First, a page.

Several applications designed to spy on another person’s phone activity have evaded Google advertising filters, despite recent attempts to crack down on so-called stalkerware.
Google issued an updated ads policy in July, which banned vendors from advertising any product used to track or monitor another individual without consent. The company set the relevant organizations a hard deadline of August 11 to remove the offending ads.
However, advertisements for known stalkerware products such as FlexiSpy, mSpy, WebWatcher and KidsGuard were still found to appear in Google search results after the deadline had passed.
Between them, these apps offer the ability to monitor an individual’s texts and audio calls, track GPS location, view web history, access images and videos stored on-device, and more.
Asked about its failure to police the new ads policy, Google explained that the process is likely to be more incremental than immediate and there are exceptions that might allow certain vendors to conduct ad campaigns within the boundaries of the new rules.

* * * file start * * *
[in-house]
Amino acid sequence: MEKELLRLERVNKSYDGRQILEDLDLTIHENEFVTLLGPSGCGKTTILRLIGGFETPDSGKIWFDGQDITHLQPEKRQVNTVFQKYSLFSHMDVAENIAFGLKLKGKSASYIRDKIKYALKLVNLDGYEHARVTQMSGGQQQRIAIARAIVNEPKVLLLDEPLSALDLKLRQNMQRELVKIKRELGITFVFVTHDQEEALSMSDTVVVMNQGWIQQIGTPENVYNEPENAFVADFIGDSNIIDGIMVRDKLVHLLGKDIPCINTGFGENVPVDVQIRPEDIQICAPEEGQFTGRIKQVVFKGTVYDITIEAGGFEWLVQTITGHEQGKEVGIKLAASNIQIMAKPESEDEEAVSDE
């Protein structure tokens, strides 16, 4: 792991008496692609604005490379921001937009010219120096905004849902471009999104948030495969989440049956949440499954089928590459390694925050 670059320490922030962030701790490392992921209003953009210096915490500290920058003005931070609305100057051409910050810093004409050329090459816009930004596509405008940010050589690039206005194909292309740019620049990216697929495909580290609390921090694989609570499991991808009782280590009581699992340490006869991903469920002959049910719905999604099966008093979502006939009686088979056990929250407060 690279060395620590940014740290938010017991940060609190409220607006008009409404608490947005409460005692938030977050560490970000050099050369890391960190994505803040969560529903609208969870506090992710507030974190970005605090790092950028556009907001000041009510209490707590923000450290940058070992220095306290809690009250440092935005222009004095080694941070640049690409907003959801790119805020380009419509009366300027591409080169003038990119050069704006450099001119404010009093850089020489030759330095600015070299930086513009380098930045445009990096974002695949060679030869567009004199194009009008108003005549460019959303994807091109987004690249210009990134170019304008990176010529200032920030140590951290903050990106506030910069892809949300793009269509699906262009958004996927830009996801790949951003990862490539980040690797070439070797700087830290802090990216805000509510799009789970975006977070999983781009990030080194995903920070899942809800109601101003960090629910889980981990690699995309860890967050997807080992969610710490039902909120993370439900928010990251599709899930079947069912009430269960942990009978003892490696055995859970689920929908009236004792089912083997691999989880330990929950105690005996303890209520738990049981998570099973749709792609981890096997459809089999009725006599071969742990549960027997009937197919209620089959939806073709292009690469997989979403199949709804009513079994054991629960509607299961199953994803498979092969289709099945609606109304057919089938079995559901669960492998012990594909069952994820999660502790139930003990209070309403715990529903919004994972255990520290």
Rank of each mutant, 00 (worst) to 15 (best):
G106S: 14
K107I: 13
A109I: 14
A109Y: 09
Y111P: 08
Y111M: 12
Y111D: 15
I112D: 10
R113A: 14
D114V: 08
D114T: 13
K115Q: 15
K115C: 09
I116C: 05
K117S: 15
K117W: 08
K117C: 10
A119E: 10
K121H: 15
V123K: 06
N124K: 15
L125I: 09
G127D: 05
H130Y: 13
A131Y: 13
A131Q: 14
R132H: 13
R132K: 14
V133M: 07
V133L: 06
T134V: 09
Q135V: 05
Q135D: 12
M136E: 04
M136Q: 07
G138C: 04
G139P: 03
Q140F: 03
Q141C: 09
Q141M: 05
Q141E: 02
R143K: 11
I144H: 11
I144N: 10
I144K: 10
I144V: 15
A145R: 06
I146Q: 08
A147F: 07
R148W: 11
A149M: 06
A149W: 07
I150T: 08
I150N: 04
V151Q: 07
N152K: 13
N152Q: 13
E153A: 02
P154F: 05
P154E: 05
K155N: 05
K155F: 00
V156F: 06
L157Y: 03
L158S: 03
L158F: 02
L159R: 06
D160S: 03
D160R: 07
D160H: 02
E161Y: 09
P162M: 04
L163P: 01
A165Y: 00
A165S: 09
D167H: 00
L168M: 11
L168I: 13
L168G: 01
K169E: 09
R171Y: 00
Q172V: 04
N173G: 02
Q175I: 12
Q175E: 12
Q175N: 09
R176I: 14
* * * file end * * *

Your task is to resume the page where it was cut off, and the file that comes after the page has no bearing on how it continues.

“We recently updated our policies to prohibit ads promoting spyware for partner surveillance while still allowing ads for technology that helps parents monitor their underage children,” explained a Google spokesperson.
“To prevent deceitful actors who try to disguise the product’s intent and evade our enforcement, we look at several signals like the ad text, creative and landing page, among others, for policy compliance. When we find an ad or advertiser is violating our policies, we take immediate action.”
The policy has attracted criticism from other stakeholders in the fight against stalkerware, with antivirus vendor Malwarebytes describing Google’s measures as “incomplete” due to the arbitrary distinction drawn between parental monitoring and partner surveillance facilities.
For example, although spyware app KidsGuard is marketed at parents, previous iterations of its website have also said the product can be used to “catch a cheating spouse or monitor employees”.
Other similar companies are equally forthcoming about the potential their applications might be used to invade the privacy of an unwitting victim.